England’s planned High Speed 2 rail line meets more opposition from residents and golfers
A Southeastern High Speed Train at St. Pancreas Station in London. Jon Curnow / Flickr.com
Since current options for travel between the north and south of England are so slow, a new high-speed line would greatly reduce air traffic between the two regions.
Opponents of a proposed 33 billion- pound ($53 billion) high-speed rail line to run through England said the U.K. government hadn’t properly consulted people living on the route or weighed the environmental damage.
The government approved the line, known as High Speed 2, with “no information about the environmental impact of more than half the scheme,” said Nathalie Lieven, a lawyer for local authorities, to a court charged with reviewing the decision.
High Speed 2 trains could reach speeds as high as 225 miles (362 kilometers) per hour and would run between London and Northern England via Birmingham. The line would run through the Chiltern hills, designated a so-called area of natural beauty. Local governments, residents and a golf club near the route oppose the project as noisy, intrusive and ugly.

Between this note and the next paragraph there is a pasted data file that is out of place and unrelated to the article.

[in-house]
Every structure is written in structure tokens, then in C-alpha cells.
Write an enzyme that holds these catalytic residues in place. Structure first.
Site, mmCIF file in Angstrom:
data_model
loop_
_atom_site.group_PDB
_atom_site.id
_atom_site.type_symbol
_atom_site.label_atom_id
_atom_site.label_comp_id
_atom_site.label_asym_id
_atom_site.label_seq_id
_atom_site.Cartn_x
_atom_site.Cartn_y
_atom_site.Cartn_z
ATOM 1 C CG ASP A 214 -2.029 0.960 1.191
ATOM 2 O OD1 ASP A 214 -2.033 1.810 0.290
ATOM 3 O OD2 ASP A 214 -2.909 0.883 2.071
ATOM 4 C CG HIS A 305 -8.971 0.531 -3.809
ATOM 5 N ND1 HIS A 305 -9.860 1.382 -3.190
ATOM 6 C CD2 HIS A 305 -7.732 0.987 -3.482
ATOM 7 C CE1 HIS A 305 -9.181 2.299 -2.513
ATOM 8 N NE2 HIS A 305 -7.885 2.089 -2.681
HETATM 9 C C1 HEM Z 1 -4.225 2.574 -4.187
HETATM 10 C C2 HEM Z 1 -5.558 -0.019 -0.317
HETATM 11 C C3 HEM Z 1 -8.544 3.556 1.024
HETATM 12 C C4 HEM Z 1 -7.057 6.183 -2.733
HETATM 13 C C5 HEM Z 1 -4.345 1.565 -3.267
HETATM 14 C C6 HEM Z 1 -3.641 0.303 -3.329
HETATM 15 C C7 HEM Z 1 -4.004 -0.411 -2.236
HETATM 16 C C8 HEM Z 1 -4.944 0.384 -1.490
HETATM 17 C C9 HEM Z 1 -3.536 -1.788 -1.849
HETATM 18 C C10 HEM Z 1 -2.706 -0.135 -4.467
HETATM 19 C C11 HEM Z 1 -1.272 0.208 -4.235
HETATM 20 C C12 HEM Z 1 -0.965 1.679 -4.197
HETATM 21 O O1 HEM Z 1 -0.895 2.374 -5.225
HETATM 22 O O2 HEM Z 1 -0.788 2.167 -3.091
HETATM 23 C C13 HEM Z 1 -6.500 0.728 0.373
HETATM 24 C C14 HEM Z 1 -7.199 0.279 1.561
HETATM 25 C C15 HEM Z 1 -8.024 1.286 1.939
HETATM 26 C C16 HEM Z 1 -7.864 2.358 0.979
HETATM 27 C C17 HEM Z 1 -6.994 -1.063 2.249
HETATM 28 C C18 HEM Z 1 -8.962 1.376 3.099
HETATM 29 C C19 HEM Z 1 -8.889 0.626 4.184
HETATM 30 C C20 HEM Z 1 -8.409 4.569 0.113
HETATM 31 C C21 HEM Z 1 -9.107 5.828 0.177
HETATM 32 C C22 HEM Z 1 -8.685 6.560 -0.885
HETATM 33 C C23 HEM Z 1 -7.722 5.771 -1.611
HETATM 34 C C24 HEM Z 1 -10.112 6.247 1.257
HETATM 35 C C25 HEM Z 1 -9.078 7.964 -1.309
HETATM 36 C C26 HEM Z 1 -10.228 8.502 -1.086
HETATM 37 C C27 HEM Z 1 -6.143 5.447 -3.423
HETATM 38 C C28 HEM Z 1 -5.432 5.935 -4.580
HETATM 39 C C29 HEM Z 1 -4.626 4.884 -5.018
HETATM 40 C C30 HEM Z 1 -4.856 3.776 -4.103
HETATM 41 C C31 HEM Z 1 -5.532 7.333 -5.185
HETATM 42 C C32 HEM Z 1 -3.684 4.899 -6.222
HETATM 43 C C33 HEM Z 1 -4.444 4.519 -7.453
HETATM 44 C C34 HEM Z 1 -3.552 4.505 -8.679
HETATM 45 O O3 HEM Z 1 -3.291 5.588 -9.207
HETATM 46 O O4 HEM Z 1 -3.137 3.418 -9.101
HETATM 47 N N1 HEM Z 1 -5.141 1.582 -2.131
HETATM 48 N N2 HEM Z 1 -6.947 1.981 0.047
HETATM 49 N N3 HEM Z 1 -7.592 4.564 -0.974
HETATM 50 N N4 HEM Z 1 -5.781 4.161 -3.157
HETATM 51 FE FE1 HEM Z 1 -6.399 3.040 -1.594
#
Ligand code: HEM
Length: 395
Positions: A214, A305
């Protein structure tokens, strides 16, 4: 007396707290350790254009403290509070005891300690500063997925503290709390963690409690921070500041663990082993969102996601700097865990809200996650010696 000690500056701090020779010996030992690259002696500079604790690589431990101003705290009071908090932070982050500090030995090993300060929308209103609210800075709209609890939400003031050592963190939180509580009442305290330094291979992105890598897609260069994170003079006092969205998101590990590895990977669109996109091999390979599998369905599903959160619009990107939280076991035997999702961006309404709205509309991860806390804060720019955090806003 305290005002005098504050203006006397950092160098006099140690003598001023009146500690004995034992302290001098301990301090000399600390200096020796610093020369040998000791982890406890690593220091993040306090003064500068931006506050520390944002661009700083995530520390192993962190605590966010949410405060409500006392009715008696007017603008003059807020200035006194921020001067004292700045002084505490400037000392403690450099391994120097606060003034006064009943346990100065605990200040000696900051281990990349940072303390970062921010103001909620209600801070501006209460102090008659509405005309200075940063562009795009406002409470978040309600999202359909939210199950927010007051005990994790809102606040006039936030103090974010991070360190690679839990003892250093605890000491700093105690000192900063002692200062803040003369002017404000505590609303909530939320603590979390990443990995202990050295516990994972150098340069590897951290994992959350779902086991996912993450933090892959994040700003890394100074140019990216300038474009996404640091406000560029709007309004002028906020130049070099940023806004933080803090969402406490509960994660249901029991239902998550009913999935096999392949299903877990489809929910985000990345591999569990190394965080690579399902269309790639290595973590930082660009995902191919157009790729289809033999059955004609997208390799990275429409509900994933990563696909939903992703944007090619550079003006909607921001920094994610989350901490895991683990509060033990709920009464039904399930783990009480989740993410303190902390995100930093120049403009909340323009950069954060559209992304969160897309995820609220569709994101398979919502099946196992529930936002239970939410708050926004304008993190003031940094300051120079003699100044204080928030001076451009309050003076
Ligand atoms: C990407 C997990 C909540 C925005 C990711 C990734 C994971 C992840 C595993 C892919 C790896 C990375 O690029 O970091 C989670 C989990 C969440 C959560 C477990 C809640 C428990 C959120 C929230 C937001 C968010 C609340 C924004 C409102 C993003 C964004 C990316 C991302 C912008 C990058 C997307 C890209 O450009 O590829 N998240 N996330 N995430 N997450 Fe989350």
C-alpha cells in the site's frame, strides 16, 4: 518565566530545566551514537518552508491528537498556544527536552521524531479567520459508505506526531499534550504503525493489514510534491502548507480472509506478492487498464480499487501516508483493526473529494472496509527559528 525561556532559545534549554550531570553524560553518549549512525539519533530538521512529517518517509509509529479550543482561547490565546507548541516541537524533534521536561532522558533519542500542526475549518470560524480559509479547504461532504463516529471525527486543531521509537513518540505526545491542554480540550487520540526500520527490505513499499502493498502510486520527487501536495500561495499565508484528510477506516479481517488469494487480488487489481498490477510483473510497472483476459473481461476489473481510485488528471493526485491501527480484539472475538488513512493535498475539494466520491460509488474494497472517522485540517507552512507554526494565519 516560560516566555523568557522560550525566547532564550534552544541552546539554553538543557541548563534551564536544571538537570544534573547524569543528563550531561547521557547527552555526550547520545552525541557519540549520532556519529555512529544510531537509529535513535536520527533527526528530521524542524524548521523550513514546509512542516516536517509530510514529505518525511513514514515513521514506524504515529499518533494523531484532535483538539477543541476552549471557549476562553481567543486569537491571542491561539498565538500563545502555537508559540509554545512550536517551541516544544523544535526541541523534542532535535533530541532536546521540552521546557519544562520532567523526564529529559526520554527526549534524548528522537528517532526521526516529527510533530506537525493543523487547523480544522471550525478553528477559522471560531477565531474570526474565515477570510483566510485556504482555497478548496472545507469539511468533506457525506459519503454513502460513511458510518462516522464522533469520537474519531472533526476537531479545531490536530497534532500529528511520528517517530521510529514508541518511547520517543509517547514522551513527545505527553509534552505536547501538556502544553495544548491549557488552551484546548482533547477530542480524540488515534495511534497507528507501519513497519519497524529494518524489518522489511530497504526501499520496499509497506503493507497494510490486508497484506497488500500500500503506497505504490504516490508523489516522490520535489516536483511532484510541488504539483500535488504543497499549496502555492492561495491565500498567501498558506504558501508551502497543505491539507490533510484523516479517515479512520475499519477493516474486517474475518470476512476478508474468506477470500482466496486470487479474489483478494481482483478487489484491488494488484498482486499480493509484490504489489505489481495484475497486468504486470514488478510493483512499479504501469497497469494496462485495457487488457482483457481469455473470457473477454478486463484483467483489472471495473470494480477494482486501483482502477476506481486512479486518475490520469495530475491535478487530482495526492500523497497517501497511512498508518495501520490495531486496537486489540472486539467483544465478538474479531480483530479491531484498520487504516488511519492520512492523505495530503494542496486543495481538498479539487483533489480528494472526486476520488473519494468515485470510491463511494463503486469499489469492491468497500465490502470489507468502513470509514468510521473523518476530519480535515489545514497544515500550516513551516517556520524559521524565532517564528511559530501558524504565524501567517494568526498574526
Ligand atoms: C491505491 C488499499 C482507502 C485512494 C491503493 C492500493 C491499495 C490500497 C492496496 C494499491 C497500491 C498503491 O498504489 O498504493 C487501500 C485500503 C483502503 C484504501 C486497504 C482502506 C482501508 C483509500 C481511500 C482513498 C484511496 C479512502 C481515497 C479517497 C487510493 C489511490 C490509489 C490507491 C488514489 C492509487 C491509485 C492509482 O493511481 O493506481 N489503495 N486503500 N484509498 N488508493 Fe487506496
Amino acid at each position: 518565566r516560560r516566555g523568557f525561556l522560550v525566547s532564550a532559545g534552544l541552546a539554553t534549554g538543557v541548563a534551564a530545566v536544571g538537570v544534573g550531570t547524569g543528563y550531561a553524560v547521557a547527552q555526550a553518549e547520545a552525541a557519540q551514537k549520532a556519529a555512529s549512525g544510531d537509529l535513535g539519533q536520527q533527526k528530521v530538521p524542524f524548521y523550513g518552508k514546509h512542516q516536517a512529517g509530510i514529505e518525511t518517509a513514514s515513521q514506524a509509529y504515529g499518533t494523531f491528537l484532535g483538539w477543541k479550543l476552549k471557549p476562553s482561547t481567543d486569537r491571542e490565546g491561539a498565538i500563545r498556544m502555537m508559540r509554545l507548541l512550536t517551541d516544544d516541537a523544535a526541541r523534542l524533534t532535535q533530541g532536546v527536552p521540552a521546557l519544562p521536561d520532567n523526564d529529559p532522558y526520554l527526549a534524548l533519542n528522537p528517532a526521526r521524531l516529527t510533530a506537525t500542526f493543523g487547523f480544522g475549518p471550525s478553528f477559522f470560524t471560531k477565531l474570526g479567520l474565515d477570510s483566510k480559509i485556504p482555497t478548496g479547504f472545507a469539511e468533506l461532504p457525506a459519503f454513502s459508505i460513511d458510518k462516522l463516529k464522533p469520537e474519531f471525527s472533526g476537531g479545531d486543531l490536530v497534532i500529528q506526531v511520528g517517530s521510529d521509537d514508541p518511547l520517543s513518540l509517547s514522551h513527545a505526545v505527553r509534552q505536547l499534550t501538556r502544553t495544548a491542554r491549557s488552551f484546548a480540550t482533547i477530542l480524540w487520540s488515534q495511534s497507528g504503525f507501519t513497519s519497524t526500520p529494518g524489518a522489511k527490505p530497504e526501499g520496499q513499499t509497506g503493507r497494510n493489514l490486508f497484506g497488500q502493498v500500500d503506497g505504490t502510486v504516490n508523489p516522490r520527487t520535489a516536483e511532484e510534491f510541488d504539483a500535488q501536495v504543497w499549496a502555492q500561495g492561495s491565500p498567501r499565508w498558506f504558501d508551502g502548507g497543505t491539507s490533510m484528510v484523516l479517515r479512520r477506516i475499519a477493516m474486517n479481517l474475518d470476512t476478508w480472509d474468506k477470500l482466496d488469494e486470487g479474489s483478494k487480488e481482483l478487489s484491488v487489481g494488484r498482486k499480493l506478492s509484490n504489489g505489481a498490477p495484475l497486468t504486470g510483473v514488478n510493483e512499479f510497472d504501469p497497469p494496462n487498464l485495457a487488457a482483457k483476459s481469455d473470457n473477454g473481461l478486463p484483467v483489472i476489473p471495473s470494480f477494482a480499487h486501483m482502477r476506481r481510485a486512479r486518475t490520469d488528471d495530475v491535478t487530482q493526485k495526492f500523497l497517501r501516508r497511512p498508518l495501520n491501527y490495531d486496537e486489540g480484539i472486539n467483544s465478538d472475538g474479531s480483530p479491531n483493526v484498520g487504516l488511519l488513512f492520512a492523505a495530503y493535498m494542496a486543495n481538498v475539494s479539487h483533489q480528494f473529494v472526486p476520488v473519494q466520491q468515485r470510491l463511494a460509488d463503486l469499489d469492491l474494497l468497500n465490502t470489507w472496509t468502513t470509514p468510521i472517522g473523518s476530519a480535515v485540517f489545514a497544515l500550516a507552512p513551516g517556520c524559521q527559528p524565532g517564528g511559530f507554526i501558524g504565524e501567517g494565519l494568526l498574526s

U.K. lawmakers approved the project in January, saying it would improve rail infrastructure, reduce journey times, ease overcrowding on existing lines and improve northern cities’ access to London’s economy.
Homes, schools and businesses “will be significantly and permanently impacted by noise and other intrusion,” from construction of the line, according to legal documents made available at court today by the High Speed 2 Action Alliance Ltd., an action group representing residents.
The judge-led review of the government’s public consultation process and its subsequent approval of High Speed 2 could take over a week.
“The government is confident that the decisions on HS2 have been taken lawfully and fairly and it is vigorously defending these legal challenges,” the Department for Transport said by e-mail.
With assistance from Robert Hutton in London. Editors: Heather Smith, Peter Chapman. To contact the reporter on this story: Kit Chellel in London at firstname.lastname@example.org. To contact the editor responsible for this story: Anthony Aarons at email@example.com.